The Six Five team discusses how NVIDIA keeps up the pace on their record breaking run, this time in Fiscal Q1.
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Patrick Moorhead: Let’s jump into NVIDIA earnings. Daniel, why don’t you help us break that down? Was it just another repeat out there? A rinse and repeat of what we’ve seen in the last five quarters? Or is there anything different to talk about?
Daniel Newman: I think so. I think so. But I’ll try to leave you a little bit of a breathing room here, Pat. I’ll leave some water in the well. I got to change the analogy. I can’t keep talking about just oxygen.
Patrick Moorhead: Right.
Daniel Newman: Okay. I did have a couple of appearances across broadcasts, and I did write a MarketWatch op-ed on this one. I’ll put that up in the show notes. Look, I’m from Chicago, Pat, even though I am moving to Austin. Anybody that knows Chicago and anyone that grew up in the 90s like I did, knows that us in Chicago enjoy a three-peat.
NVIDIA was going back-to-back-to-back now with record top-line results. And its guidance is pointing to another quarter of record breaking. You’re basically going to see a company going years straight of blowing out record revenues in its biggest business units and overall for the business. Pat, the highlights are all in enterprise, data center, and gaming.
There were some subtle successes. ProVis had a really good quarter. Also, OEM had this big jump in its number. It’s a smaller category for the company, but based upon its CMP, its mining products. But in the data center, we saw a two billion plus 79% growth. And in the gaming area, we saw 2.76 billion, 106% growth, Pat. I’m going to actually go a little different direction and leave you to talk a little bit more about those particular categories.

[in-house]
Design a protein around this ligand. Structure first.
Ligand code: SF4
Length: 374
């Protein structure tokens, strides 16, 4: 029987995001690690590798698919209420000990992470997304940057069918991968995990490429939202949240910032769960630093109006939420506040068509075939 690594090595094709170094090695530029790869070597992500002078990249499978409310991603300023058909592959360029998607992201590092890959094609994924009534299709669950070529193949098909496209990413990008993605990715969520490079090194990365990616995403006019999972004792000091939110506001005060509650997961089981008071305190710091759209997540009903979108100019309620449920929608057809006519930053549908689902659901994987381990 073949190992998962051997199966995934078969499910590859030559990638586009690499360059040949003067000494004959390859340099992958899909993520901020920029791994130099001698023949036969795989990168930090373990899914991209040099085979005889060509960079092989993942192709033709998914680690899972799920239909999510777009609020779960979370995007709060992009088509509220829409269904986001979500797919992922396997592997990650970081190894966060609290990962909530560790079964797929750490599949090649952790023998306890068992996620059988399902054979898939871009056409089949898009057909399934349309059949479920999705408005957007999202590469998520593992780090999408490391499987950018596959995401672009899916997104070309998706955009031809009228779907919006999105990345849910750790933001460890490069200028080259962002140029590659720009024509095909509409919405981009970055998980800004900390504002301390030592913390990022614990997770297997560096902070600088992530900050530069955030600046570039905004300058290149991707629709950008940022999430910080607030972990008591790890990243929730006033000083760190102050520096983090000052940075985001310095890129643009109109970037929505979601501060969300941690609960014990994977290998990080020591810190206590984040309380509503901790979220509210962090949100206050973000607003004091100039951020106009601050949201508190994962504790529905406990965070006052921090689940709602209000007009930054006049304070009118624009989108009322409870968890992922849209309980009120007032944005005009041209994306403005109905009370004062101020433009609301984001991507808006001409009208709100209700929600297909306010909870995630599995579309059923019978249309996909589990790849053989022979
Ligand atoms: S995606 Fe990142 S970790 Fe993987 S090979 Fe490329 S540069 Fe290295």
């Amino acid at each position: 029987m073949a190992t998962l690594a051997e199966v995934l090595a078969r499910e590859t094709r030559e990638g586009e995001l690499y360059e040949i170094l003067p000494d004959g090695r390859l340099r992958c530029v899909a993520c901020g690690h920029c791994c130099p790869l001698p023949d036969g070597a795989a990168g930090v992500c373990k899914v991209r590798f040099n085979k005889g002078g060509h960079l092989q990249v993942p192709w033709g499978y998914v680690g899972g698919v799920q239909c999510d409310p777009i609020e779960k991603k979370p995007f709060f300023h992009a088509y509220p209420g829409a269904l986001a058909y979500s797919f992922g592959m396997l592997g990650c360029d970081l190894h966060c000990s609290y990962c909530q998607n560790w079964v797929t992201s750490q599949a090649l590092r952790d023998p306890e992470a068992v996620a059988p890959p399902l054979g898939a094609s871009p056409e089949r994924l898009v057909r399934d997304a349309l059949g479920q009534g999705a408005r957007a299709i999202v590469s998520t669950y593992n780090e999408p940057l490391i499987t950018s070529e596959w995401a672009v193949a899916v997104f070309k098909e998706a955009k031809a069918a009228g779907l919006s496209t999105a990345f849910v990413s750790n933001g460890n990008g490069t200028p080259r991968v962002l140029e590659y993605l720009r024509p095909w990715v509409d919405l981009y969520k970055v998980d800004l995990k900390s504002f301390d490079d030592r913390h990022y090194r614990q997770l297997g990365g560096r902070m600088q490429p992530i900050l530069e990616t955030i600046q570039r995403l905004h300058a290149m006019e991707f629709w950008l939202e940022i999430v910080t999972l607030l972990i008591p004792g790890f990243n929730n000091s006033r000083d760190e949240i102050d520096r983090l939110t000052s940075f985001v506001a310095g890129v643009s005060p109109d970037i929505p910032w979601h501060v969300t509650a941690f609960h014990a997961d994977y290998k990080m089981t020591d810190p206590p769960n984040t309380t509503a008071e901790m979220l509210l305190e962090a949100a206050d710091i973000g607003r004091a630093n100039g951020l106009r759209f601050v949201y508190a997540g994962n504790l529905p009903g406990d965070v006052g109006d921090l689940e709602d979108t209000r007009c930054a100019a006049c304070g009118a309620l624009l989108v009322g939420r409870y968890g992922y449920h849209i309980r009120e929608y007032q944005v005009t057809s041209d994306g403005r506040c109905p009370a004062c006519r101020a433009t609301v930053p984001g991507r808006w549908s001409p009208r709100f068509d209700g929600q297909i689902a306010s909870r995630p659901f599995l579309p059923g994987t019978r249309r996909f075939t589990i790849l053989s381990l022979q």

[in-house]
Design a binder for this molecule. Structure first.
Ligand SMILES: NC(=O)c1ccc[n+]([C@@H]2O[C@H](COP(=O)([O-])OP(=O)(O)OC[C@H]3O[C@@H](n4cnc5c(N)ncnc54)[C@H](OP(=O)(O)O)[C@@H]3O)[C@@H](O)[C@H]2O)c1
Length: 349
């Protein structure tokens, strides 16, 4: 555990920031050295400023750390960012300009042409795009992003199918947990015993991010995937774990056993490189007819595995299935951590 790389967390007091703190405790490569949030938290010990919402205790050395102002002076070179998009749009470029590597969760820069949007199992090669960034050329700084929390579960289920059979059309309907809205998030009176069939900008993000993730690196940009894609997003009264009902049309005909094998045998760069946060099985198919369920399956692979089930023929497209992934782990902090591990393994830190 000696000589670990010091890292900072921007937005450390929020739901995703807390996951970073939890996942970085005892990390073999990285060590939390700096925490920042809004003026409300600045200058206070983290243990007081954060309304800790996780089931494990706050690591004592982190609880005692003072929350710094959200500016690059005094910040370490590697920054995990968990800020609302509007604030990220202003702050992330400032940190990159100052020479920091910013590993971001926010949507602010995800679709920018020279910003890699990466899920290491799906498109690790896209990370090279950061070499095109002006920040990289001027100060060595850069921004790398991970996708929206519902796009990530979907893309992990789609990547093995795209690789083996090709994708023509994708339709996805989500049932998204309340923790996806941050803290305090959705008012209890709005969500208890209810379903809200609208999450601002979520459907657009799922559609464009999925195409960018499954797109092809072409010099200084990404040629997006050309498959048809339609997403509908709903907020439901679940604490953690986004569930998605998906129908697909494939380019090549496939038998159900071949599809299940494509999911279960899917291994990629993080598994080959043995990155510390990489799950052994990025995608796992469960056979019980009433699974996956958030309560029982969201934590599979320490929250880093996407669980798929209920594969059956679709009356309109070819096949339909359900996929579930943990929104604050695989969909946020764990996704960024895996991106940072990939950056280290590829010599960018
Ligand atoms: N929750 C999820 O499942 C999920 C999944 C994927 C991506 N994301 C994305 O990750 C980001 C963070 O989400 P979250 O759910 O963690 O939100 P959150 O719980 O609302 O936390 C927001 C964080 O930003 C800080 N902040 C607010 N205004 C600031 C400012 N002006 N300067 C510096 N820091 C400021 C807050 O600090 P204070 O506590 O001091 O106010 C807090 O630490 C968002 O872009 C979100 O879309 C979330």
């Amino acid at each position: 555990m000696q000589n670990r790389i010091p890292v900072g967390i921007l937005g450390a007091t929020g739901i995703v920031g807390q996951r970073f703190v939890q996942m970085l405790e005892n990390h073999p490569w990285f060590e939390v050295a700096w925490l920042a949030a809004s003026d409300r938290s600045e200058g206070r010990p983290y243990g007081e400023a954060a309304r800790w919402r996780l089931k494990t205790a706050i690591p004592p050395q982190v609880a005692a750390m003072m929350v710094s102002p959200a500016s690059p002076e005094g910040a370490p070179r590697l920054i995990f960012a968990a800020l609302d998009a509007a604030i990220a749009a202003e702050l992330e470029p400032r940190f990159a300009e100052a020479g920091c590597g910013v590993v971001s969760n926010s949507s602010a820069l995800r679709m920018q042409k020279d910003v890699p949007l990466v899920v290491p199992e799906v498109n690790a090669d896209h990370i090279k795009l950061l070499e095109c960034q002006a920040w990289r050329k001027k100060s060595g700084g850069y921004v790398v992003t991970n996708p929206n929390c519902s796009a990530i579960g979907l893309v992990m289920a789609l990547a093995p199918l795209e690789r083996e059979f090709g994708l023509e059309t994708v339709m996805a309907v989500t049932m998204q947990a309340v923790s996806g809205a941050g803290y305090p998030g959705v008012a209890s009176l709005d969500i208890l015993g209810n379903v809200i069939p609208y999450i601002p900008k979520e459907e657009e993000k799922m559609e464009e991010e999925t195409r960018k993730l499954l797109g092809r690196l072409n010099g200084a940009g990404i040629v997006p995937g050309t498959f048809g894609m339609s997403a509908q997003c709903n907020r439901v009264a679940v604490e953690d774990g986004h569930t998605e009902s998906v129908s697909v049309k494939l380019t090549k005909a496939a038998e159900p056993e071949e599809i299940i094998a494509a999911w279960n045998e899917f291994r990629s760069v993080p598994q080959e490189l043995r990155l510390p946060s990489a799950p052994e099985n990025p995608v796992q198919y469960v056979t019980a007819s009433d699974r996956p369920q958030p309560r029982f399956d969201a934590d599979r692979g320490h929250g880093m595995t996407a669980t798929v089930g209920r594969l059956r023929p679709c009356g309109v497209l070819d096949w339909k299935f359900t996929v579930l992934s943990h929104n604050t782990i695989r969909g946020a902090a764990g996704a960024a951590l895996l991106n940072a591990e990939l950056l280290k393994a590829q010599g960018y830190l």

The two big things that I think happened in and around earnings … First of all, NVIDIA announced a stock split that’s going to happen on July 20. Going four for one in its stock, taking its price down in the 150 to 200 range, depending on how quickly it keeps going up. Very interesting item to watch for people out there that follow the company and investors, because it suddenly becomes a really juicy prospect to be added as part of the DOW 30 component. Something I’m super interested in.
Second thing. On the earnings call, the company had mentioned that its ARM deal is moving along. And it is moving along in a way that the company feels comfortable saying on the earnings call that its expected close in the first quarter of ’22 is still on the table. My op-ed, I said trillion dollar potential valuation associated if the ARM deal gets done.
And in this last quarter, the company announced a new product called Grace. It’s not going to come out until 2023. It’s an ARM-based CPU at the ultra high-end. Not really even comparable to most of what you think of when you think of a CPU. But what the company did essentially say with this announcement is, “We are a three prong semiconductor company now.”
We are GPUs, which the company absolutely rocked that particular business line. DPUs, which is the new data processing side, to basically split off more of the specific types of workload that takes unnecessary resources off the CPUs and GPUs data processing. And then, the third is CPU, which it hasn’t played in, and now it is.